We’ve already had Andy Murray capture the Wimbledon crowd fancy as a UK’er (not ‘English’, but hey, they REALLY needed to claim him as their own so close enough), now in 2017, they have a real chance to root for truly one of their own as a legit contender. She has never advanced past the second round at the All England Club, and had never advanced past the second round of a major until the 2015 US Open. Heck, she was scarcely a Top 50 player two-plus years ago, but 2016 saw her leap into the Top 10, and 2017 has been a magical year so far. Don’t be surprised if the 25-year old keeps it going as she squarely embraces her tennis prime.

Karoline Pliskova

Aside from Konta, no one has been more impressive in 2017 than the imposing 6’1’’ Czech 24-year old burgeoning star. Pliskova has already risen to #3 this year, her highest ranking ever, and is currently sporting a 25-4 record this season. She lost to Wozniaki in last week’s Miami Open and lost in a tiebreaker in the semis the tourney before at the BNP Barnabas to Kuznetsova. She won the Qatar Open and the Brisbane Open and lost in the quarterfinals in Australia to Lucic-Barrone in a good three-set match.

She lost a hard-fought Final at the US Open in 2016 to Angelique Kerber and will be looking to breakthrough in 2017. The way she is playing right now, I wouldn’t put it past her to capture her first major title.

Venus Williams (USA)

Just because Serena is taking a hiatus (hopefully just a hiatus, right?) doesn’t mean we can’t enjoy the brilliance of the Williams’ for another tennis season. Please don’t retire yet Serena. Not just yet… Venus won her first major in 2000, when CiCi Bellis was one year old, and made her first Major Final at the 1997 US Open at the age of 17. We often ask, “who’s the next Serena?” but were it not for her little sister, we would be instead asking the question, “who’s the next Venus Williams?”

The answer to both questions is probably the same. . .No one.

Let’s start with the obvious – Venus is going to turn 37 years old this summer before Wimbledon. That’s insane. In tennis years, she is about 5 years past mandatory retirement age, but just like in the men’s game, some players are so transcendent the rules of time and space just don’t seem to apply.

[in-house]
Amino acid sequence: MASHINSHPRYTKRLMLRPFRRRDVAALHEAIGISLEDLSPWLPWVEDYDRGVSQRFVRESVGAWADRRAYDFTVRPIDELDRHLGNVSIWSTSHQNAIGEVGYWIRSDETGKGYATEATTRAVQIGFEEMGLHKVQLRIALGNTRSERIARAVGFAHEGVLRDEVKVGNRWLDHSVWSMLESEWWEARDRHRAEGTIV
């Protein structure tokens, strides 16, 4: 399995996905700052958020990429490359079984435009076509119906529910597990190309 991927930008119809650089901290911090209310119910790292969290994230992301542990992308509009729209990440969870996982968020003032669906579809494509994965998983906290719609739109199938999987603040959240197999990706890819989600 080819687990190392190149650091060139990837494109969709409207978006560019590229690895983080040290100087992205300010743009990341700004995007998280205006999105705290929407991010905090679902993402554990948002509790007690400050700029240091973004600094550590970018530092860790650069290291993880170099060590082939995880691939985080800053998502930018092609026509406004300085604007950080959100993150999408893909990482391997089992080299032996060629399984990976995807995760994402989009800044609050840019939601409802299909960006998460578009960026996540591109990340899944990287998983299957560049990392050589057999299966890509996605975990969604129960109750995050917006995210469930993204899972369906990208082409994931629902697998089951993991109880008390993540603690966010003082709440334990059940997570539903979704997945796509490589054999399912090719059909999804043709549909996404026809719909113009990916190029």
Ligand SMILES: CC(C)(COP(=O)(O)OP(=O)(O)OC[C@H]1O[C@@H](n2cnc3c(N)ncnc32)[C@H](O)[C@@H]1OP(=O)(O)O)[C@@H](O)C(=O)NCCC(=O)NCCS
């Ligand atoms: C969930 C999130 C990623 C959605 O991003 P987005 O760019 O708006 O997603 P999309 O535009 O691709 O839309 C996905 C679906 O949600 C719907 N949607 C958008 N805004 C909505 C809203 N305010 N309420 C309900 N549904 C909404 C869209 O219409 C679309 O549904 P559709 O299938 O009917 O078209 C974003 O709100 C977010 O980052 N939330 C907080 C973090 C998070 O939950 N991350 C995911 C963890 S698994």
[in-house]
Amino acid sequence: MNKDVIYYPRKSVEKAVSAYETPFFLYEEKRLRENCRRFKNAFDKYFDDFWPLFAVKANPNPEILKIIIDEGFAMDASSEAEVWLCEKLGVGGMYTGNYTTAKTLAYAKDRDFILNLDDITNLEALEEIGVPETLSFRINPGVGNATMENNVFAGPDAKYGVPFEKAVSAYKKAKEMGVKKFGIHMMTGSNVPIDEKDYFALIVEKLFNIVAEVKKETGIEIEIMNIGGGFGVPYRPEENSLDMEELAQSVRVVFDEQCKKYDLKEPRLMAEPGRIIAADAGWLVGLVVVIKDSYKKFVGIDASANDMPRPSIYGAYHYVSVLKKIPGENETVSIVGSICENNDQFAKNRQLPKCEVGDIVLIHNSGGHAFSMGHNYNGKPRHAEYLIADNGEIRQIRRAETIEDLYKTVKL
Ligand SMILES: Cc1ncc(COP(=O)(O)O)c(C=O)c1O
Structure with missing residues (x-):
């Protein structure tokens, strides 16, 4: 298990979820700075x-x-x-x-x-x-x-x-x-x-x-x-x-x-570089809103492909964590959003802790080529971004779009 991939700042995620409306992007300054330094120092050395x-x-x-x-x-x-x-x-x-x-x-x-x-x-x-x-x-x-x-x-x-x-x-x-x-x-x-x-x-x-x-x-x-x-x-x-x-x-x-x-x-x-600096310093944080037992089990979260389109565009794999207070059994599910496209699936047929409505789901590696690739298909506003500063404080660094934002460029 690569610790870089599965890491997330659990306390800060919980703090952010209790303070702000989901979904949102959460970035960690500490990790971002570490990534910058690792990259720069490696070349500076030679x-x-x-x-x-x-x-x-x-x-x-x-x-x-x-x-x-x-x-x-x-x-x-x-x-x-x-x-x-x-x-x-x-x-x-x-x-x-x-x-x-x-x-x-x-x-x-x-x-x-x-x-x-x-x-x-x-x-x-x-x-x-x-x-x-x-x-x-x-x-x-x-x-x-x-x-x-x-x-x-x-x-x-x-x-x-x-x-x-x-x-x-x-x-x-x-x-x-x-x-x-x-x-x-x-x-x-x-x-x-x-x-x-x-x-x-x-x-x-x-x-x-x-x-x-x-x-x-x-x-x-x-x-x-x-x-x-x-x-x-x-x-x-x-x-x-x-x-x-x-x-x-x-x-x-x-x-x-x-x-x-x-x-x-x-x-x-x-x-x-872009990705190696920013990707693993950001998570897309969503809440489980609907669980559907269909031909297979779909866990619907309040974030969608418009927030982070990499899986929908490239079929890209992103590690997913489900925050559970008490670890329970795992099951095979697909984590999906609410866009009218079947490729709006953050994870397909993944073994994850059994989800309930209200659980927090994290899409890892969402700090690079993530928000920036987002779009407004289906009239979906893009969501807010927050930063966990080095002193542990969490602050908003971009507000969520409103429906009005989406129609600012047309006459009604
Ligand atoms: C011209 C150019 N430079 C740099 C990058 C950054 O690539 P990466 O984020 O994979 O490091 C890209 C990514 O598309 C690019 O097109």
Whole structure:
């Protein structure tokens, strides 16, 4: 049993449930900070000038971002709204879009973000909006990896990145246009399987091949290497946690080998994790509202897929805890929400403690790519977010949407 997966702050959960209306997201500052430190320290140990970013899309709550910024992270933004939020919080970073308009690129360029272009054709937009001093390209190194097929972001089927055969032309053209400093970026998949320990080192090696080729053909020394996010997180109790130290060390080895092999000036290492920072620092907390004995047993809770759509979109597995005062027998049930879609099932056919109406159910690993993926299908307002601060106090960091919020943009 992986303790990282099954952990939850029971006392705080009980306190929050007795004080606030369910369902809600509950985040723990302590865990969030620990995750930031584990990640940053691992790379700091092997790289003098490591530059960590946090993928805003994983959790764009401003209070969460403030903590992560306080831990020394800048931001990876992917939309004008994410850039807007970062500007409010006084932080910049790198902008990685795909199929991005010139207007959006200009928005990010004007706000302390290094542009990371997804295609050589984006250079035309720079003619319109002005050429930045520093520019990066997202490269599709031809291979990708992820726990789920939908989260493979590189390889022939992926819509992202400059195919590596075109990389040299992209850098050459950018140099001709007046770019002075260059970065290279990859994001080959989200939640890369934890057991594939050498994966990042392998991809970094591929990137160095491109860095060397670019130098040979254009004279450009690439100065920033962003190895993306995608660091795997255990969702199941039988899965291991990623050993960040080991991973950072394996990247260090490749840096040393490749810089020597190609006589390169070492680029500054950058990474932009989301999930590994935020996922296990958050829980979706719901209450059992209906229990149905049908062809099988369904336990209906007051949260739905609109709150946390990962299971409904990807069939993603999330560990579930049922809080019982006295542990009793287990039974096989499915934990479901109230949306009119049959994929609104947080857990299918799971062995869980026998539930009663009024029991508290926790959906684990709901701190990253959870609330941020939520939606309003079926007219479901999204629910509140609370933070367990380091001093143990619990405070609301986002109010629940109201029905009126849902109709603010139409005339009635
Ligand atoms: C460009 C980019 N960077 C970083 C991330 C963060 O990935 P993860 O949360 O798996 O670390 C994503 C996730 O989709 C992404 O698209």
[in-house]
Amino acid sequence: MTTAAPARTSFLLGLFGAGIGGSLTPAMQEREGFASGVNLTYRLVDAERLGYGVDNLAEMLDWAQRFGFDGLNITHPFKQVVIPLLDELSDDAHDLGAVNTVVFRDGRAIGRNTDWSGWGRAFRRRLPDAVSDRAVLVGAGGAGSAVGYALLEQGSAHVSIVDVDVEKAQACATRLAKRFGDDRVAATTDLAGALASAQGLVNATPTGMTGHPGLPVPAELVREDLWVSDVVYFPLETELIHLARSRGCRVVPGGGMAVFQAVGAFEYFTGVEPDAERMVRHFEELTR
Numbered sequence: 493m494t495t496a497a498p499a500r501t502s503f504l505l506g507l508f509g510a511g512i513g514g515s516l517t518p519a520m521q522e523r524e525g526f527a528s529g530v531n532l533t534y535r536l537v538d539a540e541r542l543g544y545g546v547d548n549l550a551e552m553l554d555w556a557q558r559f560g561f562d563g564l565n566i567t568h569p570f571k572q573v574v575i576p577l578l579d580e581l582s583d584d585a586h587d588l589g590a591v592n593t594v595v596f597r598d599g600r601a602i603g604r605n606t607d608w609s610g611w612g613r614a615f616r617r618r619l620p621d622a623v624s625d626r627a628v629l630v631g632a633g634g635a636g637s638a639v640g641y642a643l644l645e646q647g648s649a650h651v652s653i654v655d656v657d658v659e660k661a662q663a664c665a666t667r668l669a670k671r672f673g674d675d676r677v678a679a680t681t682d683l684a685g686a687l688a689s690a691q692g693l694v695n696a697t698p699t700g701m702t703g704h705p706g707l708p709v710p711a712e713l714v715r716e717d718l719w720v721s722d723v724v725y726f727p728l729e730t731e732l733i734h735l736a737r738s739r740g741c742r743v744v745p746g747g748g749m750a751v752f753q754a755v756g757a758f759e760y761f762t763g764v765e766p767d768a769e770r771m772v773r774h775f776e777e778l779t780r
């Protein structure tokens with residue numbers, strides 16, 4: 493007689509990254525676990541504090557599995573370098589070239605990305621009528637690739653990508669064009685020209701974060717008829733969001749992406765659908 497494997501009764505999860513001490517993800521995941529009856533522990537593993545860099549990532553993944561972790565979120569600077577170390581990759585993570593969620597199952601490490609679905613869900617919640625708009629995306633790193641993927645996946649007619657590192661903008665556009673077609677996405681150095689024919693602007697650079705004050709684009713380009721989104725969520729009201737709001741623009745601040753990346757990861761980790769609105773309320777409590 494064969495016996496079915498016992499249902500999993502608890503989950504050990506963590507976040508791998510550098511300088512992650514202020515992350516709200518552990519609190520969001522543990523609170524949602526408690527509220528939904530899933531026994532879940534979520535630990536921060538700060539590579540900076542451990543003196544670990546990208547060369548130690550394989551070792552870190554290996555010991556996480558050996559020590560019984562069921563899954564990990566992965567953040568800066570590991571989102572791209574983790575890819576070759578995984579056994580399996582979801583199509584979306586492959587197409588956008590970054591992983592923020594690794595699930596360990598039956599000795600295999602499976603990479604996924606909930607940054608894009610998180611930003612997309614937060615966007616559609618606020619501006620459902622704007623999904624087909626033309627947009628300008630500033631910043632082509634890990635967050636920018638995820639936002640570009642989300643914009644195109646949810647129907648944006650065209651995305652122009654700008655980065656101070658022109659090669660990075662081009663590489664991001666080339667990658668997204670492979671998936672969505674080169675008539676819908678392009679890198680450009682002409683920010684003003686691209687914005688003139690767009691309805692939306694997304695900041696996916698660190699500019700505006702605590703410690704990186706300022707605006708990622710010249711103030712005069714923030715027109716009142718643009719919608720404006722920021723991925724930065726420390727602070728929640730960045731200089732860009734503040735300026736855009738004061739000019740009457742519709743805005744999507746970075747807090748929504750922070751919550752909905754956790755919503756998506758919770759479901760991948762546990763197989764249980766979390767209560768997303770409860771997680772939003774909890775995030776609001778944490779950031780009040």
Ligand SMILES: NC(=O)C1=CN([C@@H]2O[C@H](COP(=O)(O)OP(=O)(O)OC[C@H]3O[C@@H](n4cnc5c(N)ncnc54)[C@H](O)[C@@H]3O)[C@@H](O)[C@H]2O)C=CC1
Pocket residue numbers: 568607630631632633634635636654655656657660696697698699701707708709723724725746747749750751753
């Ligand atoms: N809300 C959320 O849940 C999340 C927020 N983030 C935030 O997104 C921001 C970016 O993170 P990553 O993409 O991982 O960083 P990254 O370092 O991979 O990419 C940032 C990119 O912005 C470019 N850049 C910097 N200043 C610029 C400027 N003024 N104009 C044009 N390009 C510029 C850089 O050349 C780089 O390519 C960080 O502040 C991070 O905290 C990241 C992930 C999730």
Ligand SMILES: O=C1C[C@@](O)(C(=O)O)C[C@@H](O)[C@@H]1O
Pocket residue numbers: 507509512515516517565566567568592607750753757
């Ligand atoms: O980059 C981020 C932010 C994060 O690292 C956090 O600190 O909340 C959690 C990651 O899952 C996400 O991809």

The other nagging issue when referring to Venus as “one to watch” is how rarely we actually get to WATCH her. She doesn’t play that much. That means her ranking becomes somewhere between “misleading” and “irrelevant.” I’m not sure she has the gas to win Roland Garros at age 37.  She hasn’t fared any better than last year’s fourth place finish on the clay in Paris since a Quarter in 2006. It’s not her best surface, so let’s assume nothing insane happens this May.

But after that? Would you pick anyone definitively ahead of Venus at the All-England this summer? I wouldn’t. She made the semi’s last year before Kerber got her 6-4, 6-4, avoiding the always-awkward All-Williams final. She has won the tournament five times and lost in two other Finals (to guess who), so no one knows the lawn better than Venus.

She is 18-6 this season in six tournaments, playing a pretty heavy schedule in comparison to previous years, the obvious highlight being the Aussie Open Final loss… to Serena. So, more than any other player in the history of tennis, does anyone benefit MORE from the absence of Serena in the draw?

The biggest name in women’s tennis may be gone for the year, but that doesn’t mean we don’t have an awesome season in store. Be sure to check back for our French Open Preview as we near the next major tournament of the season!